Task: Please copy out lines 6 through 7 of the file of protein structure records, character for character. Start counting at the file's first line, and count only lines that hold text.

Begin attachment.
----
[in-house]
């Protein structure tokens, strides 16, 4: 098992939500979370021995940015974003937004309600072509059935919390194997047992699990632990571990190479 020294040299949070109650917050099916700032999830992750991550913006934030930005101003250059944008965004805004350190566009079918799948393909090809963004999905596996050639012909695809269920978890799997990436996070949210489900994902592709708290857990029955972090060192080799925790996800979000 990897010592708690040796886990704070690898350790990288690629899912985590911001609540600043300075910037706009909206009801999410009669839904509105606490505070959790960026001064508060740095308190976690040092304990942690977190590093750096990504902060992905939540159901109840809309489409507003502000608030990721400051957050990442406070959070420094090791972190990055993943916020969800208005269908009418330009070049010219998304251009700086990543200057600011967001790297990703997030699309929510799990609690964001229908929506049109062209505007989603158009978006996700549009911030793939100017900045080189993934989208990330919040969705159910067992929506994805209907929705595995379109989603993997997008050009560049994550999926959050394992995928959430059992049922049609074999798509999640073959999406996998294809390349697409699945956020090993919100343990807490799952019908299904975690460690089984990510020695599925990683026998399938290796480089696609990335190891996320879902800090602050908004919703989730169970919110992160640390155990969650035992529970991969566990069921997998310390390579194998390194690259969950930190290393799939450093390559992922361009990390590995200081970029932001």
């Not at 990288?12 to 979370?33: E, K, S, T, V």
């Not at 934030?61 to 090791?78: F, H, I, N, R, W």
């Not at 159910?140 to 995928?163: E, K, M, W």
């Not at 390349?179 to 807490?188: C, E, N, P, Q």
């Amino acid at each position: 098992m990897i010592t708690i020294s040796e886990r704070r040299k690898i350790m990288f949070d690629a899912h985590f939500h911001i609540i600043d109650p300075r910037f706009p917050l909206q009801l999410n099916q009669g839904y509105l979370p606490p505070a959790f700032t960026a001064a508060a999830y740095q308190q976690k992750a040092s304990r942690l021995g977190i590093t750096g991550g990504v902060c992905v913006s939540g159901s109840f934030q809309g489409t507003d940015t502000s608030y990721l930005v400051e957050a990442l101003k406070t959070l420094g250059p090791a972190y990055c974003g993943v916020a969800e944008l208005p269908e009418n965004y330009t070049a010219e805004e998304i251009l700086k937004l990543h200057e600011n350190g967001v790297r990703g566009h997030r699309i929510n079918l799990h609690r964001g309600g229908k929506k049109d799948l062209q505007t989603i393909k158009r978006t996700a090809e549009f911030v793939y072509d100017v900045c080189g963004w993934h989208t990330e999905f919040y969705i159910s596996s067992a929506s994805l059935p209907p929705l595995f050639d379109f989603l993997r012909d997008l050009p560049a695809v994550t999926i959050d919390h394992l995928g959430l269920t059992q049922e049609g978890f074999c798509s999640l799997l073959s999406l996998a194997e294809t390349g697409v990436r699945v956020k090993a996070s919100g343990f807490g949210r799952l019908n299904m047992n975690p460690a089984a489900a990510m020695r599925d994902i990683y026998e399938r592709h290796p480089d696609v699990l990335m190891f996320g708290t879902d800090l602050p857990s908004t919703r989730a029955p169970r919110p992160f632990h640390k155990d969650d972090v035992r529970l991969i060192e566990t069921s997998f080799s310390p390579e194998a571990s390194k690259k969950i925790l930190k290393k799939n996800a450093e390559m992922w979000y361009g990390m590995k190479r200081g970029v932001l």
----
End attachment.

């Not at 390349?179 to 807490?188: C, E, N, P, Q």
């Amino acid at each position: 098992m990897i010592t708690i020294s040796e886990r704070r040299k690898i350790m990288f949070d690629a899912h985590f939500h911001i609540i600043d109650p300075r910037f706009p917050l909206q009801l999410n099916q009669g839904y509105l979370p606490p505070a959790f700032t960026a001064a508060a999830y740095q308190q976690k992750a040092s304990r942690l021995g977190i590093t750096g991550g990504v902060c992905v913006s939540g159901s109840f934030q809309g489409t507003d940015t502000s608030y990721l930005v400051e957050a990442l101003k406070t959070l420094g250059p090791a972190y990055c974003g993943v916020a969800e944008l208005p269908e009418n965004y330009t070049a010219e805004e998304i251009l700086k937004l990543h200057e600011n350190g967001v790297r990703g566009h997030r699309i929510n079918l799990h609690r964001g309600g229908k929506k049109d799948l062209q505007t989603i393909k158009r978006t996700a090809e549009f911030v793939y072509d100017v900045c080189g963004w993934h989208t990330e999905f919040y969705i159910s596996s067992a929506s994805l059935p209907p929705l595995f050639d379109f989603l993997r012909d997008l050009p560049a695809v994550t999926i959050d919390h394992l995928g959430l269920t059992q049922e049609g978890f074999c798509s999640l799997l073959s999406l996998a194997e294809t390349g697409v990436r699945v956020k090993a996070s919100g343990f807490g949210r799952l019908n299904m047992n975690p460690a089984a489900a990510m020695r599925d994902i990683y026998e399938r592709h290796p480089d696609v699990l990335m190891f996320g708290t879902d800090l602050p857990s908004t919703r989730a029955p169970r919110p992160f632990h640390k155990d969650d972090v035992r529970l991969i060192e566990t069921s997998f080799s310390p390579e194998a571990s390194k690259k969950i925790l930190k290393k799939n996800a450093e390559m992922w979000y361009g990390m590995k190479r200081g970029v932001l």